Editorial: 5 reasons for frustration — and hope — as the world prepares for another U.N. climate summit
Photo: U.S. EPA
It’s the most important week ever for global climate talks in Paris.
Today, delegates from nearly 200 countries gather in the French capital to begin three days of negotiations to cut their collective emissions.
But in the months leading up to that event and during the two days, the climate agenda is already being derailed by three of the other world’s great challenges.
The first of those is the rise of violent, extremist, and right-wing groups around the world. The second is the rise of China’s emissions, and its growing impact on the global climate. And the third is the continuing breakdown of Europe’s energy system, and the resulting impacts on emissions.
These three problems are interrelated, in ways that create a clear political challenge for negotiators: As the world grows more unstable and uncertain, and the planet grows more dangerous, they need to find ways to get the world back on track — to hold the climate agreement in Paris.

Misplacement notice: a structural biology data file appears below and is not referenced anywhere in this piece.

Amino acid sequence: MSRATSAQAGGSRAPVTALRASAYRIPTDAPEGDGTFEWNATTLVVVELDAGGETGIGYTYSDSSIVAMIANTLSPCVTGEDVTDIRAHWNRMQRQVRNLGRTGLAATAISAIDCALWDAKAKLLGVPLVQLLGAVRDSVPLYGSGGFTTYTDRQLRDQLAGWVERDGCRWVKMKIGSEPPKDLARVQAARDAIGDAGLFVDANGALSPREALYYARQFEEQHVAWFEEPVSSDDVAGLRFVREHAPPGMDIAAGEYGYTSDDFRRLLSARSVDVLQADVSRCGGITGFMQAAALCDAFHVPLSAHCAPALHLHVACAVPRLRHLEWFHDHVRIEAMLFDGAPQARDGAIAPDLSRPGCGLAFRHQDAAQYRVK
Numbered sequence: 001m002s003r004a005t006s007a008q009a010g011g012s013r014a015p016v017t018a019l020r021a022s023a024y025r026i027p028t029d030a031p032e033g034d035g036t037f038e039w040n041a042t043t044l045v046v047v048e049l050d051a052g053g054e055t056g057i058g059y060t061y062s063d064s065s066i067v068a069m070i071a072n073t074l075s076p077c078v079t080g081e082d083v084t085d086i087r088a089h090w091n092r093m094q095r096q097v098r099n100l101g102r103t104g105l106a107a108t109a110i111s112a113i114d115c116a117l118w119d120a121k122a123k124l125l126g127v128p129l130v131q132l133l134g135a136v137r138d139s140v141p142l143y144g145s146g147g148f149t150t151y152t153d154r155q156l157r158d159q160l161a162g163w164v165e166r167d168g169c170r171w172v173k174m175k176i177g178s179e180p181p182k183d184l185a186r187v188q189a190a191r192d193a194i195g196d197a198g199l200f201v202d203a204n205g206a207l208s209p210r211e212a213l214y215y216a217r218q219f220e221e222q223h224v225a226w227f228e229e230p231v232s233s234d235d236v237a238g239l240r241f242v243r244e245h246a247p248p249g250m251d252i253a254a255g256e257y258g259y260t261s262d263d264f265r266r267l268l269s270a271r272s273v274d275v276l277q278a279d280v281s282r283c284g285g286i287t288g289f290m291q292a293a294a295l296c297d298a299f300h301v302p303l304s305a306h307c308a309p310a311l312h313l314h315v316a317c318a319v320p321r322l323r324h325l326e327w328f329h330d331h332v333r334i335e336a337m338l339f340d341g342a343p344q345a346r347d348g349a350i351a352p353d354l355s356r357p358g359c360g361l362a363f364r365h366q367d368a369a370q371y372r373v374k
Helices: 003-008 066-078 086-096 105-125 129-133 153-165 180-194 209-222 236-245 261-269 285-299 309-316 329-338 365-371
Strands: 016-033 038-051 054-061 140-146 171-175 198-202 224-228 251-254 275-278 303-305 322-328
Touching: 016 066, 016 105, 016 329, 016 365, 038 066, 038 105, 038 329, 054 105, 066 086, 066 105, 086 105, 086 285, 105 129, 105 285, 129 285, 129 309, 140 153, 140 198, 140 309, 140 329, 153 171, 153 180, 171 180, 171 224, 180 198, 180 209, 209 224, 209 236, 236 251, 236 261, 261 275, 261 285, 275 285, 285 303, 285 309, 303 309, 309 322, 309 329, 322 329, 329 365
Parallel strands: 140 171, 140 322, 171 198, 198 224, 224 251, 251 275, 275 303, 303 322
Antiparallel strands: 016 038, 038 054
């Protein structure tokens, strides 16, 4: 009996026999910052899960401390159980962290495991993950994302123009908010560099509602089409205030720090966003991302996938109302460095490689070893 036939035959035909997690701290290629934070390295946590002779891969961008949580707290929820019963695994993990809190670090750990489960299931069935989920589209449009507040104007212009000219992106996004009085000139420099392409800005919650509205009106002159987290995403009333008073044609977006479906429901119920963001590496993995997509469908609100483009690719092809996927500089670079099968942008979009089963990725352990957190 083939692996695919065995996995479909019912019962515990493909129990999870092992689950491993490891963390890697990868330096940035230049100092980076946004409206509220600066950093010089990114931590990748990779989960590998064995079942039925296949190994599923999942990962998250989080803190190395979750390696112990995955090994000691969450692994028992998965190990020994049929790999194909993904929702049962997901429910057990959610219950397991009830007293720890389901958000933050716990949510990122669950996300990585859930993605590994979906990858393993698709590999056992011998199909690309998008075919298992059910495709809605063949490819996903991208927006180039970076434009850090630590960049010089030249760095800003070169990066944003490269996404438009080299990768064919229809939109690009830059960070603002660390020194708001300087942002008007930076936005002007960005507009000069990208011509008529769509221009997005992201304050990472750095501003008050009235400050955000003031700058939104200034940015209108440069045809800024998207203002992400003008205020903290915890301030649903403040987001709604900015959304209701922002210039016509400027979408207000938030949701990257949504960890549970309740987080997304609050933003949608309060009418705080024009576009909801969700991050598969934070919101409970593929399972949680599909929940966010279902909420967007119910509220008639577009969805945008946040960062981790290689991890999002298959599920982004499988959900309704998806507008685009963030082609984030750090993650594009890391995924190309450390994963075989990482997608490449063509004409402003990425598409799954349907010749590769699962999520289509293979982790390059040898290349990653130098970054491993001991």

Photo: U.S. EPA
But that task is likely to be made more challenging, as the world’s most influential groups continue to grow more extreme and the Chinese, European, and American economies grow more unstable and uncertain.
To start, extreme right-wing and anti-immigrant movements have taken hold in several European countries (including France and the U.K.), as have anti-immigrant and anti-Muslim movements in the U.S., Canada, Eastern Europe, and Australia. The rise of anti-immigrant and anti-Muslim movements has come in response to both long-term trends and the current situation in Europe. Over the past three decades, immigration numbers have increased dramatically, and European countries have struggled to keep their immigrant populations from growing larger, especially in France.
Meanwhile, political forces and movements have grown more radical and extreme, particularly in Europe and